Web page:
εριεβάλομεν; [7 verses] (verb 1st pl aor ind act) "You clothed" is from periballo, which means "to throw around", "to put on", "to encompass", "to surround", "to bring under one's power", "amplify", "expand", "appropriate mentally", "comprehend", "to excel", "to surpass", "throw beyond," and "beat in throwing." In the passive, it means "to have put around oneself." "to be involved in," and "to have come into possession of one."

KJV Analysis: 

When -- The "when"  is from an adverb meaning "when," "at what time," "at some time or other," "at some unknown time, and "at some time in the future."

missing "however"  -- (MW) The untranslated word is usually translated as "but" and joins phrases in an adversarial way. Since it always falls in the second position, translating it as "however" often captures its feeling better. It is used here instead of an "and" because the verses are questions that contest what the king said.

saw  - The verb translated as "saw" means "to see" but it is used like we use the word "see" to mean "to know" or "to perceive."

we -- This is from the first-person, plural form of the verb.

thee -- The word translated as "thee" is the objective form of the second-person, singular pronoun.

a -- There is no indefinite article in Greek, but when a word doesn't have a definite article, the indefinite article can be added in English translation.

stranger,  - "Stranger" is not a common word but a specific noun which means "guest-friend", specifically meaning someone who should receive hospitality. Both Greek and Aramaic traditions offered hospitality to travelers who had no place to stay. The word also means someone that is a "stranger to a thing", "ignorant of a thing", and "unusual". We could include the homeless in this, but perhaps "lost" comes closest to the idea.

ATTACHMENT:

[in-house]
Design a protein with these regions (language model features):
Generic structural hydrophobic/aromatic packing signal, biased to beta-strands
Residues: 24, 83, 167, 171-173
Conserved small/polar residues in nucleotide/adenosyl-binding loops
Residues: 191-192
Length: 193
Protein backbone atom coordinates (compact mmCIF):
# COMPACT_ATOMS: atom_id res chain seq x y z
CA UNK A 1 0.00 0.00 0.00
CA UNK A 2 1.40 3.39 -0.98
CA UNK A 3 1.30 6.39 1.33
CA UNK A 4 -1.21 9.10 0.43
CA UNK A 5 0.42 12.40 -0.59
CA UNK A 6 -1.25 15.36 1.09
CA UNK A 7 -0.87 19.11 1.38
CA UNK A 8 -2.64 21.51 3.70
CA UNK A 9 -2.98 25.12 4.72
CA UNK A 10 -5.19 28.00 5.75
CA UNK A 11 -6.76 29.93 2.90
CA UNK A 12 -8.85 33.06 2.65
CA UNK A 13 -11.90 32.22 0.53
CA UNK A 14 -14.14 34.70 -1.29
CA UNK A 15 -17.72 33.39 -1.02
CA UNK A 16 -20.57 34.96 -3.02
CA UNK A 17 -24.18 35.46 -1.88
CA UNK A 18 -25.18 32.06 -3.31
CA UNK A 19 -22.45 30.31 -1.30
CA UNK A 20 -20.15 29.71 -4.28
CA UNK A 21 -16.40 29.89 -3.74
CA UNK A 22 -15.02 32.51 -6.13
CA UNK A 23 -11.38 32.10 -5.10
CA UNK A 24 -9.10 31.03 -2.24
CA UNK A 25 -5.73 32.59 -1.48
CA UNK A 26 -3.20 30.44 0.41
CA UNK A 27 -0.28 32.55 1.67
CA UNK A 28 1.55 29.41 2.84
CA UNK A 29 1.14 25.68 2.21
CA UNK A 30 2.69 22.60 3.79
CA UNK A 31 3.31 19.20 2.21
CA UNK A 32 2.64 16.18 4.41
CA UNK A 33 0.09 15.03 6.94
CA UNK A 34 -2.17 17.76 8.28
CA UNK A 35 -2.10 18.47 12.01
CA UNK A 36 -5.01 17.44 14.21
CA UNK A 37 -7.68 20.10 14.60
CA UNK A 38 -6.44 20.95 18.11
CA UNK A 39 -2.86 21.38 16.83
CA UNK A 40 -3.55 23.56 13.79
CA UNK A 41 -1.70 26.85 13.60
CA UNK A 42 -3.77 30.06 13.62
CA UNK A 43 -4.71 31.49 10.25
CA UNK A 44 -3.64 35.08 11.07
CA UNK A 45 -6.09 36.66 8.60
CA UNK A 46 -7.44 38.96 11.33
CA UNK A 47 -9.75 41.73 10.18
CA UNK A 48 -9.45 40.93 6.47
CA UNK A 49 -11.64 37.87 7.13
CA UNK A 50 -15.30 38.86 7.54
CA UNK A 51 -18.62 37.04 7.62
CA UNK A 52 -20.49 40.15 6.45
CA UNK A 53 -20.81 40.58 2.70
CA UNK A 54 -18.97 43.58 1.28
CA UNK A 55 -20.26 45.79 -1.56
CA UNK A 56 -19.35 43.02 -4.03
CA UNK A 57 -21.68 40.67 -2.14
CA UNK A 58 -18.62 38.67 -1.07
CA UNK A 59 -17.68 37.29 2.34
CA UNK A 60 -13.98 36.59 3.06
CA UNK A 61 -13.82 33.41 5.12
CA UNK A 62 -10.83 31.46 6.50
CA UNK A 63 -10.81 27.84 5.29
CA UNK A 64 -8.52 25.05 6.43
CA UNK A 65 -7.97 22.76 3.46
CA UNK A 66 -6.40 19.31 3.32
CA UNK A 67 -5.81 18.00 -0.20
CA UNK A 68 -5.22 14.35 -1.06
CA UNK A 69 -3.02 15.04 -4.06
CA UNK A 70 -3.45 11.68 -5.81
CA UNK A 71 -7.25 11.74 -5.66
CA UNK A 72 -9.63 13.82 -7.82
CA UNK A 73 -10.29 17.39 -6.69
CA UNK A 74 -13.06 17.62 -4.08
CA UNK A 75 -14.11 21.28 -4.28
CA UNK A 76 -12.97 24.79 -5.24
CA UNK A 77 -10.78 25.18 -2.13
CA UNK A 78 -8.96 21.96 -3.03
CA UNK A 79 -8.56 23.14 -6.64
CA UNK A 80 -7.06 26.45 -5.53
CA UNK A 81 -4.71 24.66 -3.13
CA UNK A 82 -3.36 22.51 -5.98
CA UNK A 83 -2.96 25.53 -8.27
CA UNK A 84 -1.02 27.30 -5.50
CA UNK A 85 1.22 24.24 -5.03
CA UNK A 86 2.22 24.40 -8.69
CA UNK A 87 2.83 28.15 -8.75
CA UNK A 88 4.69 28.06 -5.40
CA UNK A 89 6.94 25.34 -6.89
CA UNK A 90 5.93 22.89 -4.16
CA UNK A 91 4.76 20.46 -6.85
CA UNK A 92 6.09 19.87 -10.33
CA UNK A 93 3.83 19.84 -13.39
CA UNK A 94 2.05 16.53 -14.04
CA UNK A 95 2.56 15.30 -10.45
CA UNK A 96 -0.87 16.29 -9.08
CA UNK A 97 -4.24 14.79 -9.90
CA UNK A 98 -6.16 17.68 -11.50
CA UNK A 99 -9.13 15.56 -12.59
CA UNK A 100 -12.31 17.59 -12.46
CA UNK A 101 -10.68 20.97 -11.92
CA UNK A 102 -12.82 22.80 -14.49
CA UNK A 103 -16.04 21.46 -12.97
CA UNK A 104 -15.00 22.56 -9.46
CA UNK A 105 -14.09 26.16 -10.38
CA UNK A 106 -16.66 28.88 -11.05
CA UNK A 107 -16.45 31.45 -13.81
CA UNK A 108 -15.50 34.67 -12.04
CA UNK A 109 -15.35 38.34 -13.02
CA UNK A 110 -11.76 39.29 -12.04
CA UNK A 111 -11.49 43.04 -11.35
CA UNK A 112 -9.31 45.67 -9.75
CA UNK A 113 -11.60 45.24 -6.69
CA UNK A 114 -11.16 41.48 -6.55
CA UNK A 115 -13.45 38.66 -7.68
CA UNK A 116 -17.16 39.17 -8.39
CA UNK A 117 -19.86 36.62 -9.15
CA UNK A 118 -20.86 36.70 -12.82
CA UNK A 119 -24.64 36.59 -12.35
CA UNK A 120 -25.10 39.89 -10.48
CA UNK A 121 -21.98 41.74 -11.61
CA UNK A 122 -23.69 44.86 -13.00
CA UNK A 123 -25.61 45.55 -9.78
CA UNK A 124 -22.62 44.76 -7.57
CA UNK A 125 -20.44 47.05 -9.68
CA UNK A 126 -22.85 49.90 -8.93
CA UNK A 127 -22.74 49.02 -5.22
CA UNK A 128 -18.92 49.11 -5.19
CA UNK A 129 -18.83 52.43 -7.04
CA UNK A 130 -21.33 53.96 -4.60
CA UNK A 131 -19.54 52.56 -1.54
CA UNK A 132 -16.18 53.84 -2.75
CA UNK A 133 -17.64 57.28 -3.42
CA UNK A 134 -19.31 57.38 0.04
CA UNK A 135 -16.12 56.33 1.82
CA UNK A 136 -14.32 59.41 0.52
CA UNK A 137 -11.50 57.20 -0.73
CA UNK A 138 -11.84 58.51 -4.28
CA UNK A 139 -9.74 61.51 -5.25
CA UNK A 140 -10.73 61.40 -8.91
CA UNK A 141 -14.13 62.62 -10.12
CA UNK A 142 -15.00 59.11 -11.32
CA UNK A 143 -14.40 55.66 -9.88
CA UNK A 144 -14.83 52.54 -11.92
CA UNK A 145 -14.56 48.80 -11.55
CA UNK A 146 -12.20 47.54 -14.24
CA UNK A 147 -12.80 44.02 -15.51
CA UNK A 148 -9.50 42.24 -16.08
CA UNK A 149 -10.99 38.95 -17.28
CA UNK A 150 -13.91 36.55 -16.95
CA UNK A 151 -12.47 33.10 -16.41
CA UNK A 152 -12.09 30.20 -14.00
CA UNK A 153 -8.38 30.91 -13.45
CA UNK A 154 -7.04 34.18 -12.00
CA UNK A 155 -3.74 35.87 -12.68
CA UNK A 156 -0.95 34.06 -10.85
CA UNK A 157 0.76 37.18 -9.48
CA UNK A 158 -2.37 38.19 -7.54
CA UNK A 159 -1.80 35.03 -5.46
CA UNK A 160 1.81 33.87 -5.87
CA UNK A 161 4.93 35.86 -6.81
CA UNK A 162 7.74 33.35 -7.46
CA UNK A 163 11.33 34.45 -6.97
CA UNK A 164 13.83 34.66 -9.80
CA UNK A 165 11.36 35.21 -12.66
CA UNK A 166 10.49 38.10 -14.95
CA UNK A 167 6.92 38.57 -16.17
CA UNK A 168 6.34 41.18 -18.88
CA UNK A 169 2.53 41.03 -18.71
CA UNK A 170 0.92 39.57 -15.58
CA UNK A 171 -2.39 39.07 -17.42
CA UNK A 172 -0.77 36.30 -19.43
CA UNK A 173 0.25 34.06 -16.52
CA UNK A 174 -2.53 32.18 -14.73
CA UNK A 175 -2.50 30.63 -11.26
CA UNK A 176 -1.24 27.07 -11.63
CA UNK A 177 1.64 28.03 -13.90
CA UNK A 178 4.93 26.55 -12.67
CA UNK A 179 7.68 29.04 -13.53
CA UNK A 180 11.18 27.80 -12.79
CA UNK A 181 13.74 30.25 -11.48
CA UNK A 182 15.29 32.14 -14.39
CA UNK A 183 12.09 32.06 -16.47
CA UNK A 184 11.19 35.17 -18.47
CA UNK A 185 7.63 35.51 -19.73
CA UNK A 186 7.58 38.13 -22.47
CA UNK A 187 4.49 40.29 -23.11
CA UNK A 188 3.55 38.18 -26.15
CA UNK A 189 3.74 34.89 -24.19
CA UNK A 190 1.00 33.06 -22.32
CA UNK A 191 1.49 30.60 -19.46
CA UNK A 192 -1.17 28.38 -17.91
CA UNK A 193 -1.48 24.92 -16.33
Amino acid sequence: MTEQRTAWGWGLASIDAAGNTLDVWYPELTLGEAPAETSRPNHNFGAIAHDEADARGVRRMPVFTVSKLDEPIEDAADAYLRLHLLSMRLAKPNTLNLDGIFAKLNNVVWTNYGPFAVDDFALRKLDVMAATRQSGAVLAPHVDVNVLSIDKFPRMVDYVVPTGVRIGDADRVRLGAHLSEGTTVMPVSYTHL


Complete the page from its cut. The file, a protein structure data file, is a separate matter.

and -- The Greek word translated as "and" is used as the conjunction "and," but it also is used to add emphasis ("also").

took -  (CW) The Greek word translated as "took...in" means "to bring together." It has many different uses, but it Jesus often uses it as "gather crops", that is, the opposite of scattering, as in, scattering seeds. However, it also means "make friends of" which makes perfect sense here.

thee -- This English objective pronoun is added and not in the Greek source.   In Greek, pronoun objects are not repeated after each verb because they are implied by their first occurrence.

in? -- (CW) This verb's prefix means "together" not in. 

or -- "Or" is translated from a Greek word that means primarily "or" but serves as "than" in a comparison.

naked,  - The word for "naked" means both "naked" and "destitute." It also means bald and beardless.

and -- The Greek word translated as "and" is used as the conjunction "and," but it also is used to add emphasis ("also").

clothed  - The word for "clothed" means "to put on" or "put around." It is a word Christ uses fairly commonly to refer to putting on clothes, starting with Solomon being compared to the lilies of the field.

thee? -- This English objective pronoun is added and not in the Greek source.   In Greek, pronoun objects are not repeated after each verb because they are implied by their first occurrence.

KJV Translation Issues: 

3
  • MW - Missing Word -- The word "however" is not shown in the English translation.
  • CW - Confusing Word -- The "took" is not the common word usually translated as "took."
  • CW - Confusing Word -- The "in" does not capture the specific meaning of the prefix.

NIV Analysis: